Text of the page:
Painting an Icon of a Contemporary Saint, written by Aidan Hart

8 04 2011

I wrote a piece a while ago about the creation of an icon of a contemporary saint. I learnt about this from directly from my teacher Aidan Hart. I can remember once when I was visiting him he had created just such and icon – of New Martyr Elizabeth: a member of the Russian royal family who was murdered by the Bolsheviks. I thought I would ask Aidan to describe how he created this icon. What follows is his reply. Note how he is very clear that he is not aiming for a photographic-like likeness, but rather an image that infuses her physical characteristics with those elements of the iconographic form that will reveal more fully the true person.

Aidan wrote as follows: Read the rest of this entry »


Can Man Read the Symbolic Book of Nature Today?

1 04 2011

Or Should We Just Rely on Our Gothic Forebears? I recently wrote about the quincunx and its relationship to the traditional image of Christ in Majesty showing with symbolic representation of the four evangelists, here. Frenchman Emile Male described how the understanding of how these four figures related to the evangelists in the 13th century (his book is called, The Gothic Image). Male is drawing on a commentary on Ezekiel by Rabanus Maurus, the 9thcentury Benedictine monk and bishop of Mainz in Germany, which, he says became the authoritative text for the later gothic period. Reading this is helpful in understanding the roots of this symbolism, but rather like an earlier discussion of the pelican and the peacock, not without a few difficulties also.

Male recounts it as follows: Read the rest of this entry »

The Quincunx – a Geometric Representation of Christ in Majesty

16 03 2011

One of my hopes for the cultural renewal is the revival of a Christian form of geometric patterned art. With this in mind I have done my best to study past work, and try to discern the principles that underlie its creation. I wrote about resources that help in this respect in a previous article, here.

If tasked with the design of an ornate sanctuary floor now, for example, how might one go about it? Read the rest of this entry »

The Brussels Academy of Icon Painting

5 03 2011

As a postscript to the article about the work of Irina Gorbunova-Lomax, a reader has sent me information about two more websites with more up-to-date work of hers on display. You can see them here and here. I was also contacted by an old friend of mine from Oxford, a Catholic, who is studying with her. As ever, I am delighted to receive this additional information from readers and, in turn, happy to pass it on to you. Originally from the Ukraine, Irina studied in Russia. She is married to an Englishman and lives in Brussels (she is not based in France as I first thought). She runs a 4-year, part-time course in icon painting (38 three-hour lessons over this period). She is an excellent teacher by all accounts and, I was told, she is respectful of the Catholic Faith and many Catholics are already learning with her. Read the rest of this entry »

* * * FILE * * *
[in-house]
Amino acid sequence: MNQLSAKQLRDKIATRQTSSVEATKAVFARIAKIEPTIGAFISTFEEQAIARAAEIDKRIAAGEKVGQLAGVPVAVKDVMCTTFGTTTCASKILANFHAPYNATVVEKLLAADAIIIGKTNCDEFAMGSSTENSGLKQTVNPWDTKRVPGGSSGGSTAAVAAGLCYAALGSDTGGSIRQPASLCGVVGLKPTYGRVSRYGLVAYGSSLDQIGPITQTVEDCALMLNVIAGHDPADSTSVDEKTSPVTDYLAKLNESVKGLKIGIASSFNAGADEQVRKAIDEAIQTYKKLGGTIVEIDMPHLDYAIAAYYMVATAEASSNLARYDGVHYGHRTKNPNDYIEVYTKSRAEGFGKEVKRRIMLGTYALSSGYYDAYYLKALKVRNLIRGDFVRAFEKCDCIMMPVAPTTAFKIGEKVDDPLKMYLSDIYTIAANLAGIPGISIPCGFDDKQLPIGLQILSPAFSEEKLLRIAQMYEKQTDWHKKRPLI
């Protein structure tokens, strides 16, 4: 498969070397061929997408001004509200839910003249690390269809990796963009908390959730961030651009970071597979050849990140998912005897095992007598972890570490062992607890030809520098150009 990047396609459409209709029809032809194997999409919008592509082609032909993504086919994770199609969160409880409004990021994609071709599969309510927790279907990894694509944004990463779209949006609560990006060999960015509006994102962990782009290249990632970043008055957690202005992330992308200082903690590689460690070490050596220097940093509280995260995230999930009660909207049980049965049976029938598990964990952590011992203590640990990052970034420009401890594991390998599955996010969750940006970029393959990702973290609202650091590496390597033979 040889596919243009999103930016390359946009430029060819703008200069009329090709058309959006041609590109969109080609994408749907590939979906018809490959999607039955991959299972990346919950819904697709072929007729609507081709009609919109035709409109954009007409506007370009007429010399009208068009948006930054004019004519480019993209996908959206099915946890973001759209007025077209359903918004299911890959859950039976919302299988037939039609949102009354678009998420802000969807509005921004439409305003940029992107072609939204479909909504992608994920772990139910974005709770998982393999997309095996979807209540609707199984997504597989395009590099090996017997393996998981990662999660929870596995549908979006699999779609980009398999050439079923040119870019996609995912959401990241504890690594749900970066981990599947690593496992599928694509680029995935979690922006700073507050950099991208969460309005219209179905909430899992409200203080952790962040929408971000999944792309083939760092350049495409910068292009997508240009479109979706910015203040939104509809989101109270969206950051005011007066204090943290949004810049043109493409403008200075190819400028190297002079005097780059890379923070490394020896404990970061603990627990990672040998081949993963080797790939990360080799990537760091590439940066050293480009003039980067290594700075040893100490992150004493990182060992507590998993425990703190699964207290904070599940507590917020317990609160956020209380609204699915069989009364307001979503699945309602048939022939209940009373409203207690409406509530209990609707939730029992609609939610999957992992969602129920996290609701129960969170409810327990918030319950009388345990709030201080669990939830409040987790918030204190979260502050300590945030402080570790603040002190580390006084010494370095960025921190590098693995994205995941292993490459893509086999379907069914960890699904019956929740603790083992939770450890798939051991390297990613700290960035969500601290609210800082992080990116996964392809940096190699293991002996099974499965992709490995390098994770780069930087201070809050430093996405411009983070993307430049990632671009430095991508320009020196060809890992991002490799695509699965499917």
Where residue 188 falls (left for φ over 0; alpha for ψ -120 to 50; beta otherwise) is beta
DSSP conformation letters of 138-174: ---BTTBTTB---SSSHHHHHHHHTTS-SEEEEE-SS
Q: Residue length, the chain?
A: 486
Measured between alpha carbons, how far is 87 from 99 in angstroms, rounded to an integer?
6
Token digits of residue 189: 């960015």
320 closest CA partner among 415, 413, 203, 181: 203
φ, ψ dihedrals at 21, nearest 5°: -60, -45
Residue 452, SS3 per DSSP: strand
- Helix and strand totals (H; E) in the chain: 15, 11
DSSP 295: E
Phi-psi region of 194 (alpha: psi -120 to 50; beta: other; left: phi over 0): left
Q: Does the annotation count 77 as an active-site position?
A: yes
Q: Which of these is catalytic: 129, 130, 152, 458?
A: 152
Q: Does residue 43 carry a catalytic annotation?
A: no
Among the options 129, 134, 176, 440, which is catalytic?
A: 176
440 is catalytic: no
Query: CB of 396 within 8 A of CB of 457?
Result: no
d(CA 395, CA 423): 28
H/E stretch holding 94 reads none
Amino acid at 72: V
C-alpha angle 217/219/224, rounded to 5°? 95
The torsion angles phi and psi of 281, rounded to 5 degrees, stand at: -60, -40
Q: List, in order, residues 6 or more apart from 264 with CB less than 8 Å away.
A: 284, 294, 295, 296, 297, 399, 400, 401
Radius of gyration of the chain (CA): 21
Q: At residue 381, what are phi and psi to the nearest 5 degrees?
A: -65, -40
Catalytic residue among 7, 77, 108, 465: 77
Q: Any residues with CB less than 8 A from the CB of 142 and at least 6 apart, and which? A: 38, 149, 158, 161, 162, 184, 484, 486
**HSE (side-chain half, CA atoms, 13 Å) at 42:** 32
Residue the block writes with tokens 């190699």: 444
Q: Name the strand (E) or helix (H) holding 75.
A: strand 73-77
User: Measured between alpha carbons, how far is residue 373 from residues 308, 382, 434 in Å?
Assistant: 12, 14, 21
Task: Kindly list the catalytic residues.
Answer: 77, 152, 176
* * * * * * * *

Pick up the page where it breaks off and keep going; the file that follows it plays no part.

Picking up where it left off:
Praying with the Cosmos – the Ancient Treasury of the Divine Office I

23 02 2011

An ancient beautiful prayer that leads us to joy, and opens us up to inspiration and creativity; part 1, part 2 here
The Divine Office (also called the Liturgy of the Hours), is one of the four pillars of the spiritual life of the new liturgical movement. This is the first in a regular series that highlight the riches of the the liturgy of the Church and how it is at the root of Western culture.

‘The Mass is a precious jewel and that jewel has its setting, which is the Divine Office. The Divine Office also has its setting, which is the cosmos.’ Read the rest of this entry »

Icons by Irina Gorbunova-Lomax

21 02 2011

Here are some icons by a Belgium-based Russian icon painter. She has and exquisite touch in the graceful flow of the line that conforms to the prototype and describes form beautifully. Also, she skillfully handles the delicate overlay of washes of colour retaining a freshness and giving the sense that they were produced by a sure, well-guided hand. Her gallery,here, has examples of works done on paper or parchment, some having the appearance of studies for other works. These particularly highlight her drawing ability. I have shown a few examples below.

Over the years I have been to many icon painting classes where people signed up because they felt that because icons are so highly stylised that the need for skilled drawing is less than in naturalistic styles Read the rest of this entry »

The Liturgical Life that will Create the Culture of Beauty

1 02 2011

My colleague at the New Liturgical Movement website, Shawn Tribe, has posted a simple but truly wonderful and inspiring article about what he calls the ‘pillars’ of a liturgical life.He describes not a theoretical discussion for experts in liturgy, but rather simple practices for parish and family. It is a spiritual life based upon the Mass, the Liturgy of the Hours and study of scripture, especially through lectio divina. This, in my opinion, is the basis for cultural renewal. Shawn’s article is a must read for anyone committed to the re-establishment of a culture of beauty in the West, especially those associated with the liturgical arts (and frankly for that matter everyone else too). This is the sort of practice of the Faith that has been called for by Popes (just to my knowledge) ever since Pius X at the end of the 19th century and right up to Pope Benedict XVI today. He emphasises particularly the importance of something so often neglected by lay people, the Liturgy of the Hours otherwise called the Divine Office. Read the rest of this entry »